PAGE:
Wednesday, June 23 at 12:00pm to 1:00pmVirtual Event
This roundtable workshop will provide a group of UCI Law faculty with an opportunity share their current projects, receive feedback, and generate discussion among colleagues. Zoom information is below.
Necessity, Legal Interpretation, and Value in the Islamic Legal Tradition: The Case of the Starving Person
In this article, I argue that historical juristic discourses on the hypothetical case of the starving person yield several insights into the dynamics of legal argument, practices of legal pedagogy, and relationship between law and ethics in the Islamic legal tradition. I provide a historically rooted account of the starving person paradigm by tracing the rise of the paradigm as a hallmark hypothetical and examining its change over time and across geographies. I explore the paradigm’s function(s) as a legal heuristic and pedagogy of law in the various contexts in which it was discussed, debated, and taught. Finally, I provide analysis of several core issues of necessity to show how the paradigm served as an important site for the development of legal reasoning and legal theory in the Islamic tradition.
Ji Seon Song
Patient or Prisoner: Hospitals as Carceral Settings
This Article argues that hospitals act as extensions of carceral settings in both pre-trial and post-sentencing phases of the criminal legal process. Hospitals act as temporary and portable police stations, jails and prisons. When police investigate suspects and when they bring in prisoners for medical treatment, police rules trump hospital regulations, rules, and policies regarding patient privacy and dignity. Hospital beds act as jail and prison cells demarcated by police presence, shackles, and other signs of carcerality. The problems of inequality in health and the criminal legal system have resulted in the expansion of the carceral system into another area of stratified social welfare, extending carceral treatment into hospitals and resulting in punitive healthcare.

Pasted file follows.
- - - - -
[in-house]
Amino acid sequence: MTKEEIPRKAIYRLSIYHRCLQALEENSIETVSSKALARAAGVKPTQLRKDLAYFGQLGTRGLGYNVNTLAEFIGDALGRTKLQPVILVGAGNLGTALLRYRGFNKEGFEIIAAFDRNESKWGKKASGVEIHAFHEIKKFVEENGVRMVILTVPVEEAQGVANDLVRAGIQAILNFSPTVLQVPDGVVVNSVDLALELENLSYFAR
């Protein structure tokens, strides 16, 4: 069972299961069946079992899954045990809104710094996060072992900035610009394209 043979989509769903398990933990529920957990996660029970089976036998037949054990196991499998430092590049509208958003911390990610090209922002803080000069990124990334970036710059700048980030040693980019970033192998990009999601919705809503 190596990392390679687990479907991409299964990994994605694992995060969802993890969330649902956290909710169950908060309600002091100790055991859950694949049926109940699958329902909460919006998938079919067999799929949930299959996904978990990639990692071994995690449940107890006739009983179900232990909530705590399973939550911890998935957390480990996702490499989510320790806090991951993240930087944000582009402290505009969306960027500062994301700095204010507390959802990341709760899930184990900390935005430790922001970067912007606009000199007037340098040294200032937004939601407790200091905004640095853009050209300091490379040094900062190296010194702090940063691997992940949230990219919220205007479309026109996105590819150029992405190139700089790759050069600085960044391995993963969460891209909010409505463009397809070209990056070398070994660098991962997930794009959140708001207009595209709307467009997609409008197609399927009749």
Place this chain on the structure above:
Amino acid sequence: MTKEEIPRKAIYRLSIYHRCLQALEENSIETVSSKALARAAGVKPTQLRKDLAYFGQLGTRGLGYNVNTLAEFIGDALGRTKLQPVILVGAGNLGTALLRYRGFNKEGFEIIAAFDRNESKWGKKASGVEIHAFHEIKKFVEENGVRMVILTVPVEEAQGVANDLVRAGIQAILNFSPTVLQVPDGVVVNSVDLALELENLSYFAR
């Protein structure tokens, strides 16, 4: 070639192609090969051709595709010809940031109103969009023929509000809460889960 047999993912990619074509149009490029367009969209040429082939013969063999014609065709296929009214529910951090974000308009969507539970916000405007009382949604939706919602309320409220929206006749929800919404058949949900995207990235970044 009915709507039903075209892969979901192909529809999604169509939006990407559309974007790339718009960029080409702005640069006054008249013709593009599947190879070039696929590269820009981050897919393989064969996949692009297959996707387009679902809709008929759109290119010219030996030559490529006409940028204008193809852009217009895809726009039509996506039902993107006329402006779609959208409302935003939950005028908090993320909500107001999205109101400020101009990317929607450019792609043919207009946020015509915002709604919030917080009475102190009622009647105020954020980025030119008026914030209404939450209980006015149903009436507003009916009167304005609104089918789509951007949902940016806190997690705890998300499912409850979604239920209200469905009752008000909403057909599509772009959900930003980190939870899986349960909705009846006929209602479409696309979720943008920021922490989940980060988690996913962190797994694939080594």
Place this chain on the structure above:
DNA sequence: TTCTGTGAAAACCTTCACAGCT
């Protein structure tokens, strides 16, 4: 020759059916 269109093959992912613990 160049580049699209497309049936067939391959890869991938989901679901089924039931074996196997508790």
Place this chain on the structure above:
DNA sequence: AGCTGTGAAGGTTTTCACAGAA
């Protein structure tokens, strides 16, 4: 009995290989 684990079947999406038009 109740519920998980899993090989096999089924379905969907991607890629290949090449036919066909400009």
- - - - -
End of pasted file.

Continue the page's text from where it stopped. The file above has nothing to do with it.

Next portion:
Critically Examining and Countering Reliance on Criminal Convictions in Family Court and Domestic Violence Proceedings
The Black Lives Matter movement and COVID-19’s disproportionate impact on communities of color have heightened the need to expose racial injustice in areas that scholars often overlook. My article critically examines judicial reliance on convictions in family law and domestic violence proceedings, including when statutes explicitly allow for or require Family Court and Domestic Violence Unit judges to consider past criminal convictions and probation and parole status of litigants seeking to secure custody or visitation of their children, form a family through adoption, or receive protection from domestic violence. Given how the criminal legal system disproportionately arrests, charges, and sentences people of color and increasingly criminalizes domestic violence survivors, the convergence of heuristics and bias profoundly impacts litigants’ lives, relationships, families, and communities. While exploring these areas, my article identifies challenges related to judges’ implicit bias and discusses structural hurdles, with criminal and family courts having high-volume dockets that affect adjudication and place pressure on parties to accept plea offers or settlements. I also address survivors' advocates' potential objections to decreasing judicial reliance on criminal convictions in the family law context. The article concludes by offering formal and informal advocacy strategies for overcoming, reforming, and in some cases removing the role of criminal convictions in domestic violence and family court proceedings.
More information to come
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